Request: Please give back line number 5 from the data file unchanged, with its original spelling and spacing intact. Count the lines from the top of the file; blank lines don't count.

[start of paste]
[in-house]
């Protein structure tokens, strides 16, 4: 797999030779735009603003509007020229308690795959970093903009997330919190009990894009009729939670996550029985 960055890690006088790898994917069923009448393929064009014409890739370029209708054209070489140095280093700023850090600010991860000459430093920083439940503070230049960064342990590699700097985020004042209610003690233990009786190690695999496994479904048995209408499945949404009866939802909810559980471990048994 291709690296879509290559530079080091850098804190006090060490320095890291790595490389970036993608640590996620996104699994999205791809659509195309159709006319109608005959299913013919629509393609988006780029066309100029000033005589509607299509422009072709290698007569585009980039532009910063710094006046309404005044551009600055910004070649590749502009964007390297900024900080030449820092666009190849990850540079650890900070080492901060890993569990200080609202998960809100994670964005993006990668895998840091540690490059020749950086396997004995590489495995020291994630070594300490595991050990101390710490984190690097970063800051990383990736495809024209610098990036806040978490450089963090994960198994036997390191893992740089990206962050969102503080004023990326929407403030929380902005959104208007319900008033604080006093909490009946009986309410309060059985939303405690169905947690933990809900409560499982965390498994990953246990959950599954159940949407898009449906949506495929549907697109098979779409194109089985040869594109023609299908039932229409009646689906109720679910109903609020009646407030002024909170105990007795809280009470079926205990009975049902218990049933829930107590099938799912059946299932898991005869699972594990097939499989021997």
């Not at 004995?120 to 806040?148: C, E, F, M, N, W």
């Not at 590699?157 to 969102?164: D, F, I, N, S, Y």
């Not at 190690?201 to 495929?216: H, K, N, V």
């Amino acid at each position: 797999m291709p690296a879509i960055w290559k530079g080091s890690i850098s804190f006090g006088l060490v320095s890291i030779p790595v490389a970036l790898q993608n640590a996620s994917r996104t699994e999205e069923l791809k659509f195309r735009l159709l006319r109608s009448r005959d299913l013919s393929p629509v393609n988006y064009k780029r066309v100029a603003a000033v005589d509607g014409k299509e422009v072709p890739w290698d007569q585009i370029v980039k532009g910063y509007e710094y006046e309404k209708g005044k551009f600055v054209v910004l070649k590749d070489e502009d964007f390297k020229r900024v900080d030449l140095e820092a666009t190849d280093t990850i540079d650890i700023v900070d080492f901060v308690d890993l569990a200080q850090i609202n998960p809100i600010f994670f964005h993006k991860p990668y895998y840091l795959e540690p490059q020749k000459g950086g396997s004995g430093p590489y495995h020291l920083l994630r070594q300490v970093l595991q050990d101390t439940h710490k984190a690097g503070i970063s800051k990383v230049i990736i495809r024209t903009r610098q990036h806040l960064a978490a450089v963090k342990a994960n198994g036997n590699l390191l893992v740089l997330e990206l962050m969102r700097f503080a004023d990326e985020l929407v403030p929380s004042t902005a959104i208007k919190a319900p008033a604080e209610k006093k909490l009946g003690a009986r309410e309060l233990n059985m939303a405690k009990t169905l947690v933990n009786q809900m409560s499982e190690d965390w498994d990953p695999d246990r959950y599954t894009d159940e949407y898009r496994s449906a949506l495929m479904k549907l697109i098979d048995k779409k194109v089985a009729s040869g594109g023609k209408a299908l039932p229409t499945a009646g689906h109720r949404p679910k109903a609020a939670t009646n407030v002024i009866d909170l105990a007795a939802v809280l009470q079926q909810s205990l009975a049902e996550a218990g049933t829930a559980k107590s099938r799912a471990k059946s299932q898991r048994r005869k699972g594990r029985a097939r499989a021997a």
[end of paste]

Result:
């Not at 190690?201 to 495929?216: H, K, N, V």